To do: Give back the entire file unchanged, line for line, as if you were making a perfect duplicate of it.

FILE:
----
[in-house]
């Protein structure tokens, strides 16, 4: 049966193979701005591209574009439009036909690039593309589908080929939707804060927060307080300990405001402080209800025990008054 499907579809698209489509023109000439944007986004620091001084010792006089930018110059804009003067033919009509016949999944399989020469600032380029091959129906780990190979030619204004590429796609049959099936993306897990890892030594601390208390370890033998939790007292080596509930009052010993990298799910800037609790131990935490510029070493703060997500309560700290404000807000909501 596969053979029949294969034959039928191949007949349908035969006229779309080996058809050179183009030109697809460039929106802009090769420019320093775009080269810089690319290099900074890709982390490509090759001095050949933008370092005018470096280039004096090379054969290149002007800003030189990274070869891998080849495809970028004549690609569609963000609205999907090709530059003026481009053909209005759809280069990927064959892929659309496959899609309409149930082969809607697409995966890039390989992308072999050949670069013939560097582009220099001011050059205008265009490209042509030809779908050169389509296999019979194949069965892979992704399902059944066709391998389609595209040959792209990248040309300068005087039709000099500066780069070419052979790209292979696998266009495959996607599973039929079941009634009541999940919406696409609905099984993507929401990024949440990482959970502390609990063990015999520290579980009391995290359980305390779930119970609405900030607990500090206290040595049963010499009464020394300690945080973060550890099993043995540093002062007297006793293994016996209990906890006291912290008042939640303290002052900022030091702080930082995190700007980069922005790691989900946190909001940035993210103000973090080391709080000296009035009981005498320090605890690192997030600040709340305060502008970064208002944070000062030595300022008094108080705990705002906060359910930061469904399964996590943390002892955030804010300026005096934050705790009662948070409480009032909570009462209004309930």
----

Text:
[in-house]
């Protein structure tokens, strides 16, 4: 049966193979701005591209574009439009036909690039593309589908080929939707804060927060307080300990405001402080209800025990008054 499907579809698209489509023109000439944007986004620091001084010792006089930018110059804009003067033919009509016949999944399989020469600032380029091959129906780990190979030619204004590429796609049959099936993306897990890892030594601390208390370890033998939790007292080596509930009052010993990298799910800037609790131990935490510029070493703060997500309560700290404000807000909501 596969053979029949294969034959039928191949007949349908035969006229779309080996058809050179183009030109697809460039929106802009090769420019320093775009080269810089690319290099900074890709982390490509090759001095050949933008370092005018470096280039004096090379054969290149002007800003030189990274070869891998080849495809970028004549690609569609963000609205999907090709530059003026481009053909209005759809280069990927064959892929659309496959899609309409149930082969809607697409995966890039390989992308072999050949670069013939560097582009220099001011050059205008265009490209042509030809779908050169389509296999019979194949069965892979992704399902059944066709391998389609595209040959792209990248040309300068005087039709000099500066780069070419052979790209292979696998266009495959996607599973039929079941009634009541999940919406696409609905099984993507929401990024949440990482959970502390609990063990015999520290579980009391995290359980305390779930119970609405900030607990500090206290040595049963010499009464020394300690945080973060550890099993043995540093002062007297006793293994016996209990906890006291912290008042939640303290002052900022030091702080930082995190700007980069922005790691989900946190909001940035993210103000973090080391709080000296009035009981005498320090605890690192997030600040709340305060502008970064208002944070000062030595300022008094108080705990705002906060359910930061469904399964996590943390002892955030804010300026005096934050705790009662948070409480009032909570009462209004309930």